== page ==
Anecdotal evidence suggests that quarantine can cause some animals, especially dogs, to stop eating and to stop drinking. Many die when they come out, having picked up something during the isolation period. Judging by the standard of some kennels, that is hardly surprising, because there is no statutory code covering standards in kennels. There is a voluntary code, under which the Ministry makes quarterly visits and approves kennels' licences, but the emphasis on security is uppermost— certainly not welfare.

I am advised by all the interested parties that conditions in kennels vary considerably. The cost of putting an animal into quarantine varies from £1,500 to £3,000. I believe that my Bill would remedy some of those matters, especially the very high charges.

Other countries have successful rabies-free policies. Forty-eight countries are rabies-free. We should also reflect on the successful change that Sweden made in its quarantine laws three years ago.

On top of all the unnecessary cruelty of the current system, not to mention the inconvenience to pet owners, there is a complete lack of consistency because it applies only to pets, not to animals that have been brought to the United Kingdom for sale. They require only the necessary licences and vaccination certificates, just like pet passports. There are no quarantine requirements for all the cattle moving in and out of this country, which makes no sense as the animals are all warm-blooded and capable of carrying rabies. In effect, the existing system allows traded animals to enter the country and move around freely without being subject to quarantine requirements.

Responsible pet owners ensure that their pets are vaccinated against rabies, but they are still forced to put their pets into quarantine. The regulations affect tens of thousands of British people who work abroad, including diplomats, those in the armed forces, holidaymakers and the blind.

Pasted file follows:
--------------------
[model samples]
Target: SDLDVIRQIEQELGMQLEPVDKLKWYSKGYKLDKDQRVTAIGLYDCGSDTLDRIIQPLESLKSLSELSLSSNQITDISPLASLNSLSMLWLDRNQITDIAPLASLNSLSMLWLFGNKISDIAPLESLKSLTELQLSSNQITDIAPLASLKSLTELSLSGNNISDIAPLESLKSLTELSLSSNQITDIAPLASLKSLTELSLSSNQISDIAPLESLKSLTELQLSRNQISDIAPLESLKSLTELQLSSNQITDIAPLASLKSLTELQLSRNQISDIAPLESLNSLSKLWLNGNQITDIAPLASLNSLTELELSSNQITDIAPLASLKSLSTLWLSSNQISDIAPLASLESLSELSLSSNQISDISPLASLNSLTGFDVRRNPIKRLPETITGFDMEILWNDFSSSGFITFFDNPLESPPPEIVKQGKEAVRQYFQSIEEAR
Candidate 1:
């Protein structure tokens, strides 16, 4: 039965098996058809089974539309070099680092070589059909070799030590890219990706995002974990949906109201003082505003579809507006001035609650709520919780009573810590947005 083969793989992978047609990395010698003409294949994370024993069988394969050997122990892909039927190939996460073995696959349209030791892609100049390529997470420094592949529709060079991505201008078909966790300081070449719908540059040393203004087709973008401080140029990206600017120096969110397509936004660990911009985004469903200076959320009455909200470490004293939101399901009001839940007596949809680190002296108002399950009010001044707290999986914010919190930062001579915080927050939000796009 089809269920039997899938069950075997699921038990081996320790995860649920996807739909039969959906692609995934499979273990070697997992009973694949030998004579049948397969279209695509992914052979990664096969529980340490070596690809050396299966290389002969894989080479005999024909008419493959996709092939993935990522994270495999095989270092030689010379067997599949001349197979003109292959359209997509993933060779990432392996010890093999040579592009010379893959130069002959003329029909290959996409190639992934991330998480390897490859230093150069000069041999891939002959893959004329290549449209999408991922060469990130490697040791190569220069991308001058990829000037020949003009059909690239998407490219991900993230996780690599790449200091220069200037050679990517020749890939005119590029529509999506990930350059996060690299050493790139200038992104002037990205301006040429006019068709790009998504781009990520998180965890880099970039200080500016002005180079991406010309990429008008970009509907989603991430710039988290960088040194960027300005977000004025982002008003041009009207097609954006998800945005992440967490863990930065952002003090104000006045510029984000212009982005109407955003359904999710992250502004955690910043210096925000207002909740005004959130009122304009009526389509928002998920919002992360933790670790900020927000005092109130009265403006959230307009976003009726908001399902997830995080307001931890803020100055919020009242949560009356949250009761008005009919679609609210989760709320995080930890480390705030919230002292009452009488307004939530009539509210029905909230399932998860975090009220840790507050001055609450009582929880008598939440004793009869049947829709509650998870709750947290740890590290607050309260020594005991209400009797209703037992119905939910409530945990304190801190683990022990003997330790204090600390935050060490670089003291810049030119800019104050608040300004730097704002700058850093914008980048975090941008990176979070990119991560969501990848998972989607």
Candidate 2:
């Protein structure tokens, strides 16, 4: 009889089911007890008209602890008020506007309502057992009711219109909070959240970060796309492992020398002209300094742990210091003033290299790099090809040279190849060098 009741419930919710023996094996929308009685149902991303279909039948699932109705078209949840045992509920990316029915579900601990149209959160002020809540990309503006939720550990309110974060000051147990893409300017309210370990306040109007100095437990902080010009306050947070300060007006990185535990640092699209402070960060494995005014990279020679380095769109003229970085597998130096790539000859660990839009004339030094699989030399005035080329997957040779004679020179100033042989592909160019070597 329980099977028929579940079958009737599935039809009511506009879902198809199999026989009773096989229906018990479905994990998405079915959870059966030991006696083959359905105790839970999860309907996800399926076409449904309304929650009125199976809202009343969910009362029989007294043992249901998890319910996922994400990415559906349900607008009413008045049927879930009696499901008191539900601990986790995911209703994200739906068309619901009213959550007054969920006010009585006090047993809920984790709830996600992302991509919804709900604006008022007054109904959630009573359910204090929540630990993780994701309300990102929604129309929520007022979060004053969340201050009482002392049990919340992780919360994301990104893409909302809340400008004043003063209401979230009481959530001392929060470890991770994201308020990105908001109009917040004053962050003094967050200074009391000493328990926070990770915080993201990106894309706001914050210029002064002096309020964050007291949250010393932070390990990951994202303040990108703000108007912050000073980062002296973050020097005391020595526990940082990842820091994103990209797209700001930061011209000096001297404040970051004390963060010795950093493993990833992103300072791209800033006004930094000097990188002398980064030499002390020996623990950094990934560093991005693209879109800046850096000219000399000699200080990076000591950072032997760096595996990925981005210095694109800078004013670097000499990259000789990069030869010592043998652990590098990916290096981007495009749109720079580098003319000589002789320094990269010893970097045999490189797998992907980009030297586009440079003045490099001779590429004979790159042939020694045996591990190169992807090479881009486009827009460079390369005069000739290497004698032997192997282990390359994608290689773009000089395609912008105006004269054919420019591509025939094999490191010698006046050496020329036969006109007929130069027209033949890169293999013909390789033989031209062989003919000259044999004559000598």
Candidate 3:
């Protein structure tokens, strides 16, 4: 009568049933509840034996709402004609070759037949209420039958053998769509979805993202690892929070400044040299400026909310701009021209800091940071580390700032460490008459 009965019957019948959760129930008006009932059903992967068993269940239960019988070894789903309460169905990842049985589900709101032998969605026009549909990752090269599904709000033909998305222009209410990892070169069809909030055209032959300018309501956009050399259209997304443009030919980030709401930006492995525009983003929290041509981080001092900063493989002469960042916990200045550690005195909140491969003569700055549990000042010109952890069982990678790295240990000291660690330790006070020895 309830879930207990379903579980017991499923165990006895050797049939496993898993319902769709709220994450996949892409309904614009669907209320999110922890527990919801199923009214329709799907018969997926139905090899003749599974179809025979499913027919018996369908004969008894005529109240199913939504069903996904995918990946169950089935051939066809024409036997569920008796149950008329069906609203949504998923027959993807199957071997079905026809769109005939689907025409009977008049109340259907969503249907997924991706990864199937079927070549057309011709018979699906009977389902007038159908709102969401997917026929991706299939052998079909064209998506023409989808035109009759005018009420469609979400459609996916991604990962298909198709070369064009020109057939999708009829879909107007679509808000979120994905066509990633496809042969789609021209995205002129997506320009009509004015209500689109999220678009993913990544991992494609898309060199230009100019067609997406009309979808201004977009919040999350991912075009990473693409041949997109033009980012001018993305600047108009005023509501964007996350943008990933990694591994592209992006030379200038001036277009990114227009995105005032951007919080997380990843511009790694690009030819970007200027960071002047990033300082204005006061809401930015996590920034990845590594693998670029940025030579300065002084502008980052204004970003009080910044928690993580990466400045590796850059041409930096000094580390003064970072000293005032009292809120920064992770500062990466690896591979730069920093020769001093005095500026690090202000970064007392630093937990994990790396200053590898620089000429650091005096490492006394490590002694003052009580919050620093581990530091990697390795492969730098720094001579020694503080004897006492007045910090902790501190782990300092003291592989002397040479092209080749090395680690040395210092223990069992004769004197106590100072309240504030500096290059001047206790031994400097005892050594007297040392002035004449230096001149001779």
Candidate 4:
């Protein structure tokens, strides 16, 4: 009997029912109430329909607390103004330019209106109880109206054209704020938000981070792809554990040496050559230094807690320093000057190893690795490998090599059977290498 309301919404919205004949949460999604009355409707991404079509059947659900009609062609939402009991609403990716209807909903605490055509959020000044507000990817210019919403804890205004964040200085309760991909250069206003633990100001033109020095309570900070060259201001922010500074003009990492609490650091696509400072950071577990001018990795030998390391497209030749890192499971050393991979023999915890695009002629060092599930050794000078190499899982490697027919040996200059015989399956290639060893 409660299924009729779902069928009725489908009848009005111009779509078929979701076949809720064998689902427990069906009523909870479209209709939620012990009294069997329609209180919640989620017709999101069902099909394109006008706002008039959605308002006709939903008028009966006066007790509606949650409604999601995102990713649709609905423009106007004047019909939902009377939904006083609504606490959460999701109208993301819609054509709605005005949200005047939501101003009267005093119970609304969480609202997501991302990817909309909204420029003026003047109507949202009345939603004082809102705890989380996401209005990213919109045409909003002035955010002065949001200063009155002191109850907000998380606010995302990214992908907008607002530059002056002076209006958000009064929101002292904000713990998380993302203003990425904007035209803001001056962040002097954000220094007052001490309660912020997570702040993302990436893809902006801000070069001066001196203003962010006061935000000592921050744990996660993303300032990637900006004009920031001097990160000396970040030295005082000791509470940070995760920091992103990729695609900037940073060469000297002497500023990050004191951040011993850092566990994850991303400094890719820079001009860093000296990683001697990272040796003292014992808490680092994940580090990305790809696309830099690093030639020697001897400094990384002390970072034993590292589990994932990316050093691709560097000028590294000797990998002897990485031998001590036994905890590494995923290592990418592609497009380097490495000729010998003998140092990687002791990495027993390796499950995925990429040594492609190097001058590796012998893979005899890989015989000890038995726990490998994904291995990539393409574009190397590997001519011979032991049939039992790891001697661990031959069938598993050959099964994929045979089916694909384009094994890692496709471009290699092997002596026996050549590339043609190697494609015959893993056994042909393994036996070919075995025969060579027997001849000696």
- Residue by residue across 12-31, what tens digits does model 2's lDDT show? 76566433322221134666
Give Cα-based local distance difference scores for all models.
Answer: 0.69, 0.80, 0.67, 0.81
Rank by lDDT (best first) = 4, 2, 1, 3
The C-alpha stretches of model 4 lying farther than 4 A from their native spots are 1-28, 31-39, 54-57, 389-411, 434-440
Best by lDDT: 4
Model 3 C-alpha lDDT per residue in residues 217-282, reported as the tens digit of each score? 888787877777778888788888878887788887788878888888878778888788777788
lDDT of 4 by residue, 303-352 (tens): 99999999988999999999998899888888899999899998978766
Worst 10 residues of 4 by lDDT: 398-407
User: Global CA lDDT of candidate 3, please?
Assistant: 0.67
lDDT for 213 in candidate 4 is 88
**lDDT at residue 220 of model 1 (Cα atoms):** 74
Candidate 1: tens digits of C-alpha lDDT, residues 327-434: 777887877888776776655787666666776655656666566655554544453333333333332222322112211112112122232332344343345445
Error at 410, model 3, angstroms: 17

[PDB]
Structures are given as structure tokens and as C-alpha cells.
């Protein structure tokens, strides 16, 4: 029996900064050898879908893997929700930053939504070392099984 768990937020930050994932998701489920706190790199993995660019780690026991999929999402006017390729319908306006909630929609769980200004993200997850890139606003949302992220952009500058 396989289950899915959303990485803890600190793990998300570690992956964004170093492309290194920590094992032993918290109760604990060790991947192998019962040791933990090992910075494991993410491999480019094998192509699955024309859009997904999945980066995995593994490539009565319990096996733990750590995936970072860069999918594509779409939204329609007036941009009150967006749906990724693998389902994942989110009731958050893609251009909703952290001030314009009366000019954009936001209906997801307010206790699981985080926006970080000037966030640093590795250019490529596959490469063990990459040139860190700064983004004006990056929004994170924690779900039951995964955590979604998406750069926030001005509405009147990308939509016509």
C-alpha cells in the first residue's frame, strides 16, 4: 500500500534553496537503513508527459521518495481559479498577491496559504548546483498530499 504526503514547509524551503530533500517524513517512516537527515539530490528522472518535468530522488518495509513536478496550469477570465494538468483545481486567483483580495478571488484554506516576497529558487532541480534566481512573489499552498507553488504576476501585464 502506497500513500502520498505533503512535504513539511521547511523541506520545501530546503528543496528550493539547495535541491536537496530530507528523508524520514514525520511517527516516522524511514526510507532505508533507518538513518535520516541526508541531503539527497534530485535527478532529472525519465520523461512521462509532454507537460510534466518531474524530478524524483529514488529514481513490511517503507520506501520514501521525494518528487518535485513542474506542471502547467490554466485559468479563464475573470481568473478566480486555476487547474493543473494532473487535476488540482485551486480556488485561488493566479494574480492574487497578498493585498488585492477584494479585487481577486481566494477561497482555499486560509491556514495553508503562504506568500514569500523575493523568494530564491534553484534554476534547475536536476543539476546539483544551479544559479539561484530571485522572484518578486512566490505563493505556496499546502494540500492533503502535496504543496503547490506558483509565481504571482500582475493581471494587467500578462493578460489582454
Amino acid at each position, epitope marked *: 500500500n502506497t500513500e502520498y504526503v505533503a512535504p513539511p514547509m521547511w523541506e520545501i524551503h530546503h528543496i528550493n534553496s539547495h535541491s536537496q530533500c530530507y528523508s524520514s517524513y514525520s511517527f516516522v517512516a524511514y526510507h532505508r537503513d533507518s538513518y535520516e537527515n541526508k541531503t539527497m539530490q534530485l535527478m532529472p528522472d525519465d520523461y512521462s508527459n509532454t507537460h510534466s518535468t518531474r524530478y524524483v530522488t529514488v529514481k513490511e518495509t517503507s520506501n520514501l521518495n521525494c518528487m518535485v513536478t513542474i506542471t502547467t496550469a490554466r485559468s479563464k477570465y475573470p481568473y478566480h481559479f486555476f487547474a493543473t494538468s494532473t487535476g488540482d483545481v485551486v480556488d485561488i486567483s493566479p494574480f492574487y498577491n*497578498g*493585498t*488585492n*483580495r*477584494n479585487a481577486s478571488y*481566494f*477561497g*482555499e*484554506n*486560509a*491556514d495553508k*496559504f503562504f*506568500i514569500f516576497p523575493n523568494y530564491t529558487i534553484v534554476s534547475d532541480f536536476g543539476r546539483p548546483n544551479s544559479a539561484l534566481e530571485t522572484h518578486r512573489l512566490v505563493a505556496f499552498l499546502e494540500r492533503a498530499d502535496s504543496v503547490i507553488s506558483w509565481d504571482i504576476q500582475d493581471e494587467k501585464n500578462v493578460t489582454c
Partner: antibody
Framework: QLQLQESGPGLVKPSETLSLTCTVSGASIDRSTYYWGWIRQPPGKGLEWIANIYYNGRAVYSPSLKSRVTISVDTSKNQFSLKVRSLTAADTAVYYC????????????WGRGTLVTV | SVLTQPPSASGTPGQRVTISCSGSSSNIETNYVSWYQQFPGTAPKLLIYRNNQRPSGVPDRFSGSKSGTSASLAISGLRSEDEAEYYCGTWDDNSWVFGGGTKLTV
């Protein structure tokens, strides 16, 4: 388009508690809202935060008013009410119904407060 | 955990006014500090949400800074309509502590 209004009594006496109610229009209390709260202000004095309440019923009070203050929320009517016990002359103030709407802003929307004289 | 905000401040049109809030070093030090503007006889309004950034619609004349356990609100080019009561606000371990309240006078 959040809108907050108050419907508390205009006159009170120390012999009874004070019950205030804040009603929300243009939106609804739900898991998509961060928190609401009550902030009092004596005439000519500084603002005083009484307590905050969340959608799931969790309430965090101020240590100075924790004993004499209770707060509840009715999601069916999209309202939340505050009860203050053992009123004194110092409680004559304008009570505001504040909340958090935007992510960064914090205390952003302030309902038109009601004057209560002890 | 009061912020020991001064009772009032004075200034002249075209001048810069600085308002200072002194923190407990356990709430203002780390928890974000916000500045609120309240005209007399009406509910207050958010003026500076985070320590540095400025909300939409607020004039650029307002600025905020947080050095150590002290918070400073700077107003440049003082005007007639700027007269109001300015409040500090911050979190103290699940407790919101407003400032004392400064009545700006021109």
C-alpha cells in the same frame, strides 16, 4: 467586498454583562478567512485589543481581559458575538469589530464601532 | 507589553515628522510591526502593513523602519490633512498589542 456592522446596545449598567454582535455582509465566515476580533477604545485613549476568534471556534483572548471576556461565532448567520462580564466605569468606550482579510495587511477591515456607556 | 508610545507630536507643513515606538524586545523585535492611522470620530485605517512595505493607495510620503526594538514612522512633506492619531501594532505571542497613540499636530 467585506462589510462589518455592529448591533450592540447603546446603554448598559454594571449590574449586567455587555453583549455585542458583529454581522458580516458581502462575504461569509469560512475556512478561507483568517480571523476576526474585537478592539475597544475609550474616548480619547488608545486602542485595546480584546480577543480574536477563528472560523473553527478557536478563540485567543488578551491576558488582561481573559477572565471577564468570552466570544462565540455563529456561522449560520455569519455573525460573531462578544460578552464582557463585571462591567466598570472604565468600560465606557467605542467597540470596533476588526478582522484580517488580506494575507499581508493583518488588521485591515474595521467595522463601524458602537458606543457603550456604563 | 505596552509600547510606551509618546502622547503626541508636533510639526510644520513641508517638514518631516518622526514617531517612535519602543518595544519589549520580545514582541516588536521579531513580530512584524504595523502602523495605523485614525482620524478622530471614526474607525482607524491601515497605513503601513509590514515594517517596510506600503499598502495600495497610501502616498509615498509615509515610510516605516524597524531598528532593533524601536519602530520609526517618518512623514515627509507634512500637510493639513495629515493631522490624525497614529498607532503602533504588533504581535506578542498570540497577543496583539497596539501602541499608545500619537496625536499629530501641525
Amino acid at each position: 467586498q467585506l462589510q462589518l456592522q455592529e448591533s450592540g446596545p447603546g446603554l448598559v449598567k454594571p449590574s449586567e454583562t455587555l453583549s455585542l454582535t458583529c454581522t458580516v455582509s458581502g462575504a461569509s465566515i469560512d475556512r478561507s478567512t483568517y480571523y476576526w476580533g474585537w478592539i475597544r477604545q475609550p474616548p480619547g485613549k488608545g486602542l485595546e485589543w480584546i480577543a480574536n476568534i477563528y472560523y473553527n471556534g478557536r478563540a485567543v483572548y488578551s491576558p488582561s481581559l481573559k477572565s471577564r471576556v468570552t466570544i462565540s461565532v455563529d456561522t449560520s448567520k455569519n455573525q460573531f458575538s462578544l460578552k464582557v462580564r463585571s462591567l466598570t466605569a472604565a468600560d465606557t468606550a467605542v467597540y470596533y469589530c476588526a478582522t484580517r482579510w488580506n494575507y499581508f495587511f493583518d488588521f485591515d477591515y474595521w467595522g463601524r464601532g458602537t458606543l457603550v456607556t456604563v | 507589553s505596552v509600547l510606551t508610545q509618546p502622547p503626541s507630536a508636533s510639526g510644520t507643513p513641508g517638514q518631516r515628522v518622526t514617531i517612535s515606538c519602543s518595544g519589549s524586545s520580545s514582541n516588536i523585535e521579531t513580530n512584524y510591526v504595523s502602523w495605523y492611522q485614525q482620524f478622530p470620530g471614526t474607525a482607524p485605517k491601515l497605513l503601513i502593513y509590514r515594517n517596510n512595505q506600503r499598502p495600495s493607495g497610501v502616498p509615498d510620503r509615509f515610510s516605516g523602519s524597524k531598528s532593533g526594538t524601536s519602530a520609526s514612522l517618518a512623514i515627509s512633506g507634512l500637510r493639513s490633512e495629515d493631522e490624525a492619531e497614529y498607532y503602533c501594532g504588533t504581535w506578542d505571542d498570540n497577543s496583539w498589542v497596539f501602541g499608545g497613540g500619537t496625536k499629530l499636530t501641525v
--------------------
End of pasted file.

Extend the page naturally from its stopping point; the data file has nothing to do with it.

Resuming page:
I am obliged to the Royal Society for the Prevention of Cruelty to Animals, the pet passport organisation, the Kennel Club and many other organisations for their advice on these matters, and I suppose that I am also inspired by my black labrador puppy, Michael. Eighty-six per cent. of the population would like a change.

I am delighted to see the Home Secretary in his place. I am not challenging the Government's intentions in this matter but, with the best will in the world, it will be a very long time before effective legislation is in place so, as we approach Christmas, I appeal to the Government to reflect on what I have said, and on the views of the former Secretary of State for the Environment, Mr. Chris Patten, and of Lord Waddington. Those former colleagues seem to have changed their minds on the matter, and I was especially moved by the noble Lord, who told the other place that his dog died two days after it was released from quarantine.

I am not necessarily looking for charity in this matter, but I am looking for charity from the Government before Christmas, and I believe that this limited measure would give some relief.

I intend, not to destroy Britain's reputation as a rabies-free country, but to prevent the cruelty, suffering and inconvenience that pets and their loving families experience when they enter the United Kingdom. Pet passports should be introduced into this country. I commend the Bill to the House.

Question put and agreed to.

Bill ordered to be brought in by Mr. David Amess, Mr. Ivor Caplin, Mr. Alan Clark, Mr. Roger Gale, Mr. Mike Hancock, Mr. John Heppell, Mr. Robert Key, Mr. Terry Lewis, Mr. Alan Meale, Mr. Colin Pickthall, Sir Teddy Taylor and Miss Ann Widdecombe.